This means that you can manage your WordPress site from whatever device you’ve got available. I’ve even created a new site from an iPad, although I have to admit that it wasn’t easy, and finding a good code editing app with FTP capabilities is a challenge. But it is possible, especially if you’re happy using off-the-shelf themes from the WordPress Theme Directory.
Making images truly responsive is something that web developers have been working on for some years now. Instead of simply resizing images to fit their container using CSS, this is about sending an appropriately sized image to each device based on screen size.
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WordPress already has a feature that helps with this: it saves multiple versions of each image you upload, at different sizes.
The RICG Responsive Images plugin ensures that on mobile devices, the smallest image is sent to the browser that will still look good on the page. It does this using the
srcset HTML attribute. But it gets better. The next major WordPress release, version 4.4, will include this in core. So you won’t need to install any plugins for making images responsive: instead, WordPress will do the hard work for you. Sweet!
We’re only beginning to scratch the surface of the WP-REST API. As Tom Ewer has written on our blog, the REST API has the potential to be a game-changer for WordPress, as it lets developers query the WordPress database without using PHP, but instead by creating a JSON object.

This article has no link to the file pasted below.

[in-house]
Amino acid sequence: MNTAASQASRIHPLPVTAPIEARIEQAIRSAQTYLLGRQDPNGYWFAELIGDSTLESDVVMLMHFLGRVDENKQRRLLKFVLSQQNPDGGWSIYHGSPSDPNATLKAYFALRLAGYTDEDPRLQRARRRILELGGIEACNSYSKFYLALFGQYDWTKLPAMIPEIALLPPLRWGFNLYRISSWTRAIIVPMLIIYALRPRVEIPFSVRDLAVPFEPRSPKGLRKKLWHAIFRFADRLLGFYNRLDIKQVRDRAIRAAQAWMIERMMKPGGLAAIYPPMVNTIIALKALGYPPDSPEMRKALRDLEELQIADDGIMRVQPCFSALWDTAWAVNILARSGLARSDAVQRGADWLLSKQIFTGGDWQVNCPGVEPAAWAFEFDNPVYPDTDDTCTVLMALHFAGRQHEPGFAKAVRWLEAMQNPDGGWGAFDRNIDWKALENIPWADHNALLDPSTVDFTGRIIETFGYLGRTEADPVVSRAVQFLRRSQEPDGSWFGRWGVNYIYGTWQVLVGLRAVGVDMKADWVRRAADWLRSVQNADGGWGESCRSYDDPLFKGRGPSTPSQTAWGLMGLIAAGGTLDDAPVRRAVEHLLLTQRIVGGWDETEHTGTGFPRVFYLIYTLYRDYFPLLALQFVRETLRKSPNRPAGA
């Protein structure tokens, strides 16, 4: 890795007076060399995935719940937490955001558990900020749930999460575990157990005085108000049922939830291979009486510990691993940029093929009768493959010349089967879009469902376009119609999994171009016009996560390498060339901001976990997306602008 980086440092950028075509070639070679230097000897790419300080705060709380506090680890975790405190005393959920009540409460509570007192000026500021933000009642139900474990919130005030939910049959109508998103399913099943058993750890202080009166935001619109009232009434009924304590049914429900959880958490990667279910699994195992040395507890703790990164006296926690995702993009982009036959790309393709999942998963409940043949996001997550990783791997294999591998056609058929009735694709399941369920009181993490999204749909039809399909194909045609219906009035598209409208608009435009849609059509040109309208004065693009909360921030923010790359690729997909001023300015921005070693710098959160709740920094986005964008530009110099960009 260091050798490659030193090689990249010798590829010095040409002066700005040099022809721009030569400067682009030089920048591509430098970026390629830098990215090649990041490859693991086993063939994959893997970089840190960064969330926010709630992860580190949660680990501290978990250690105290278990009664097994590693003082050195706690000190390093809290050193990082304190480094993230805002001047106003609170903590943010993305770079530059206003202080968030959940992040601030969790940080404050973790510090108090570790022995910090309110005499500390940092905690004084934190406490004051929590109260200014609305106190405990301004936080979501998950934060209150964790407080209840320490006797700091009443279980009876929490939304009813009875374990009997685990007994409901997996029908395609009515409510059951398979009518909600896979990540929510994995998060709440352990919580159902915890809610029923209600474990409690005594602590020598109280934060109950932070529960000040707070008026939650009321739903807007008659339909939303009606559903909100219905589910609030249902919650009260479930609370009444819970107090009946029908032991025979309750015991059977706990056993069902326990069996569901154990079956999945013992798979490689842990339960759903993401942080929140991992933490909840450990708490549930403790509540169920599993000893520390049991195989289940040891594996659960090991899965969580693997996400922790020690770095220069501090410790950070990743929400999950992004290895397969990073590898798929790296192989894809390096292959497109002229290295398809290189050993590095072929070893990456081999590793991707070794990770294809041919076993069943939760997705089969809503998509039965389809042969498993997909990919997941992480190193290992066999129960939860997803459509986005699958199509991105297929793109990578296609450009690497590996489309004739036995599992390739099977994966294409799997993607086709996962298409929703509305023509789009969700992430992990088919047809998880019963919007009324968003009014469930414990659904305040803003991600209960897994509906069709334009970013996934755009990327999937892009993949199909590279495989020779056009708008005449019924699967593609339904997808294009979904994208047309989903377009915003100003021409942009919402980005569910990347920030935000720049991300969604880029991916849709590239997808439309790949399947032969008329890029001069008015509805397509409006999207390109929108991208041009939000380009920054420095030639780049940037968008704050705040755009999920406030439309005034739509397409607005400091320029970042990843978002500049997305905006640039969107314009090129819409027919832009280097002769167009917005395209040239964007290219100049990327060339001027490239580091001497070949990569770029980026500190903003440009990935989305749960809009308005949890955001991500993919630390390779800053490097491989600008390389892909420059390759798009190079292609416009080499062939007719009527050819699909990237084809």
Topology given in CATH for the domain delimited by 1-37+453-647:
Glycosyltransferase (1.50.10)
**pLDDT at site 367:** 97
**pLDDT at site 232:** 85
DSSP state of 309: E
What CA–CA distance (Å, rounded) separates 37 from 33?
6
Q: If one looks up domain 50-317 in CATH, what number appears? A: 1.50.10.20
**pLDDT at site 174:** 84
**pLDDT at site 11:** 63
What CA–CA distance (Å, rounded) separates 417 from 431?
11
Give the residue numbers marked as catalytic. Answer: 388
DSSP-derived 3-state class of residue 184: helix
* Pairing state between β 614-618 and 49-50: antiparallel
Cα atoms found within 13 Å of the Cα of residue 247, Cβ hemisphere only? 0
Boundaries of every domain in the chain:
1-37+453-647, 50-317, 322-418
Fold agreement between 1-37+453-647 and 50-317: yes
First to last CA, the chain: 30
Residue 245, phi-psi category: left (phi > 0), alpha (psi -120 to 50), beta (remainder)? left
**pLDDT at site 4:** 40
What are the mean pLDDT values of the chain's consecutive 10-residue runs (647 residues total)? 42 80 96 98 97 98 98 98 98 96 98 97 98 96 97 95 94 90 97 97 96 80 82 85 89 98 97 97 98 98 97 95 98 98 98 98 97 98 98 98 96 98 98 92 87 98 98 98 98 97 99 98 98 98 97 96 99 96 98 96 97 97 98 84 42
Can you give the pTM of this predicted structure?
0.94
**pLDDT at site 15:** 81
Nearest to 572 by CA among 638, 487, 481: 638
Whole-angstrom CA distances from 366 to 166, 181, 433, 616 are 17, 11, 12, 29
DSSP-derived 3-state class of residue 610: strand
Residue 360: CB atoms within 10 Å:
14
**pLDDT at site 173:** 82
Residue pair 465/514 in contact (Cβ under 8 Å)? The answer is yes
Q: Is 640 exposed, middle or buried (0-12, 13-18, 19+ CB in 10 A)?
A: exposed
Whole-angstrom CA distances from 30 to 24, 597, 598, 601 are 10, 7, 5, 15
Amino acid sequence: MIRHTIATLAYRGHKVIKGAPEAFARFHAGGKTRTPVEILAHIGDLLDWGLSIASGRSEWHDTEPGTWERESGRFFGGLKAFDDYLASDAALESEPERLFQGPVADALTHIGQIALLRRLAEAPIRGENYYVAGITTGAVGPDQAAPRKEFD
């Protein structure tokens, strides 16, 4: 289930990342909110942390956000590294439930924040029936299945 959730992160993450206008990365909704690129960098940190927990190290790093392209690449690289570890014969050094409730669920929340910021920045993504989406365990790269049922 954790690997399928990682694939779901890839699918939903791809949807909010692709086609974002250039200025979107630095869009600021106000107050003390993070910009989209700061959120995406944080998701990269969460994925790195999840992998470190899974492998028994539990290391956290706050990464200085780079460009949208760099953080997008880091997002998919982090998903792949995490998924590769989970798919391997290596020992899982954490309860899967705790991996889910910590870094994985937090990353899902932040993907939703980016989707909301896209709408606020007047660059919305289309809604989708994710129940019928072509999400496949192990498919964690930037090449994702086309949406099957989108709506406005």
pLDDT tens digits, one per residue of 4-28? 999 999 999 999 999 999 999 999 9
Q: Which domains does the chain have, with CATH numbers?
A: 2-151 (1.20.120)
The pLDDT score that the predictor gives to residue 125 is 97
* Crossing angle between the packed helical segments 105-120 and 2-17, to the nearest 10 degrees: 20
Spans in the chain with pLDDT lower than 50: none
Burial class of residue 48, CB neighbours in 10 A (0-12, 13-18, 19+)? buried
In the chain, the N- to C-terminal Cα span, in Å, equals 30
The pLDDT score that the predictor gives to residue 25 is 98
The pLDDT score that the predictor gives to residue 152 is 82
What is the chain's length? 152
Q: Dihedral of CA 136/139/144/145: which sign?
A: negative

I won’t go into the details of how this works here (if you’re interested, I recommend Tom’s post), but what it does mean is that a WordPress database can be used to power anything that can make use of a JSON object. Which is just about anything. Including mobile apps. So if you are one of those people who needs to develop an app and you’ve been put off WordPress because it isn’t an app development platform, you can now rethink that decision.
One example is an online store: you could use WordPress to power your store website and also build a mobile app, using the REST API to pull data from your WordPress site into that app and ensuring that data is synced between the two.
Optimizing Your Site for Mobile Users
I hope by now I’ve convinced you that you need a responsive WordPress site which is optimized for users on all devices.
So if you don’t already have this, how do you go about getting it? The good news is that it’s easy. Let’s start with responsive themes.
The first thing any responsive WordPress site needs is a responsive theme. This will use a combination of fluid layouts (using percentages for widths instead of pixels) and media queries (for breakpoints), to create a layout that works well on all screen sizes. Here are some resources to help you with this:
- Creating a Responsive WordPress Site Your Mobile Users Will Love – a comprehensive guide to making your own themes responsive, including the CSS to make your theme responsive and tips on mobile UX.
- 55 free and responsive WordPress themes – yes there are really that many good ones!
- The 10 Most Popular Free and Responsive WordPress Themes Reviewed – a more detailed look at the most popular responsive themes.
- The Upfront theme platform, which is fully responsive and has responsive starter themes too.
Plugins for Responsive Sites